Exploring the impact of the XR studio on higher education

by Jeremy Nelson, University of Michigan, USA.

At the heart of the University of Michigan’s campus of more than 50,000 students lies a new technology changing how we think about online and hybrid education. The new Extended Reality (XR) Studio, established by the Center for Academic Innovation (CAI), is not just a space but a gateway to new dimensions of learning. This state-of-the-art facility allows instructors to transport learners across time and space—from ancient cities to subatomic particles—all accessible via  their digital devices.

The concept of the XR Studio was inspired by the innovative use of technology in the entertainment industry, notably the production techniques used in the Disney+ series “The Mandalorian.” CAI is one of the primary drivers of online education at the University of Michigan and in the summer of 2023, they moved into a new building with six state-of-the-art production studios. The XR studio utilizes large LED screens and advanced camera tracking to create immersive 3D environments where faculty are fully immersed in a digitally rendered world. This method significantly reduces the need for post-production, allowing for real-time learning experiences that are both dynamic and interactive.

Eric Schreffler, an XR developer at the center, described the studio as a blend of Hollywood magic and educational rigor. “It’s like having a bit of Hollywood here in Ann Arbor,” said Schreffler. He works from the control room, orchestrating immersive sessions that help bridge the gap between theoretical knowledge and practical application.

The technology’s power lies in its ability to make complex subjects more accessible and engaging. Jonathan Rule, a clinical assistant professor of architecture and urban planning, uses the XR stage to teach construction and design. “My aim is to make learning hands-on, even if it’s virtual,” Rule said. “Students can manipulate objects, see how structures come together, and truly understand the mechanics behind what they’re studying.”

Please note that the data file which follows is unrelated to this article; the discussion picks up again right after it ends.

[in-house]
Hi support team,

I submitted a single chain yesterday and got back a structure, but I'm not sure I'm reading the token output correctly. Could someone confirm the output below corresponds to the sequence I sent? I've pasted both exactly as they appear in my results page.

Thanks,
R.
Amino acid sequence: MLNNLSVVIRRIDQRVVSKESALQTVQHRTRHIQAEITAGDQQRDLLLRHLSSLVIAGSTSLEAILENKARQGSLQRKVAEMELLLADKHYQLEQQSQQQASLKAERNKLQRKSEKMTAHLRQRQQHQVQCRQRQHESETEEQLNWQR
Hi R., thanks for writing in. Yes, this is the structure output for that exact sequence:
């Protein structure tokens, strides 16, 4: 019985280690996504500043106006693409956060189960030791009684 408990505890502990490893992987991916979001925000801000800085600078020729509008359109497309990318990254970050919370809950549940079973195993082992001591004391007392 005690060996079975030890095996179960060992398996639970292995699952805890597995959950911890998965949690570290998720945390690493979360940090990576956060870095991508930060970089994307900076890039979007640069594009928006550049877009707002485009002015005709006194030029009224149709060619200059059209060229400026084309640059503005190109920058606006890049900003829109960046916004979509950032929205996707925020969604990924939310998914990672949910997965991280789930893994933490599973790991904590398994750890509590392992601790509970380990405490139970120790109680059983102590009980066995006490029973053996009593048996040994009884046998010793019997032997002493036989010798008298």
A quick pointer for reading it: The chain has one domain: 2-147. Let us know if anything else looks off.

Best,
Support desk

The center has created hundreds of Massive Open Online Courses (MOOCs) and online degree programs for the University of Michigan since 2014. Over the last 10 years, more than 275 courses and 11.1 million people have enrolled in these courses from every country in the world. This XR studio will act as a catalyst to help explore and innovate on what online learning will look like in the next 10 years. This studio was born out of the work of the XR Initiative at the university and builds on the experience of creating AR and VR applications for 30 faculty from 17 of the 19 schools and colleges at U-M.

As the studio evolves, it is set to impact a wide range of disciplines at the university. Currently, there are three online courses in production using the studio. 

A mindful leadership course taught by Ram Mahalingam of Michigan LSA will use immersive environments to assist in meditation. 

Cinedum Okwudire of Michigan Engineering will teach a course that explores how to print metal objects with 3D printers and will use AR objects and virtual backgrounds to showcase the printers and created objects. 

Finally, Chase Cantrell of the Taubman School of Architecture will lead a course that explores the before-and-after environments of communities that rehabilitate their urban neighborhoods. The XR Studio’s versatility makes it a valuable tool for faculty across the university looking to innovate how their subjects are taught.

The technology powering the XR Studio is a blend of cutting-edge systems designed to create a seamless and immersive learning environment. Central to its operation is an automated lighting control system, which adjusts the lighting dynamically to enhance the visual fidelity of virtual productions. This is complemented by Stype camera tracking, which accurately captures the movement of cameras in real time, ensuring that virtual and real elements align perfectly. The studio also utilizes Red Komodo cameras, renowned for their high-resolution output and color fidelity, essential for creating lifelike virtual experiences. At the heart of the studio’s technological suite is the Disguise media server. This robust platform supports various media types, from 2D images and videos to immersive 360-degree videos, as well as real-time environments rendered in Unreal Engine, allowing educators to craft detailed and interactive virtual landscapes. 

Our work in XR exemplifies the university’s commitment to leading the way in educational innovation, ensuring that learning is not just about receiving information but a rich, interactive experience. As the center continues to push the boundaries of what’s possible in education, the XR Studio stands as a testament to the potential of technology to transform learning landscapes not just at U-M but around the world. ​​


Jeremy NelsonSenior Director of XR, Media Design & Production, University of Michigan, USA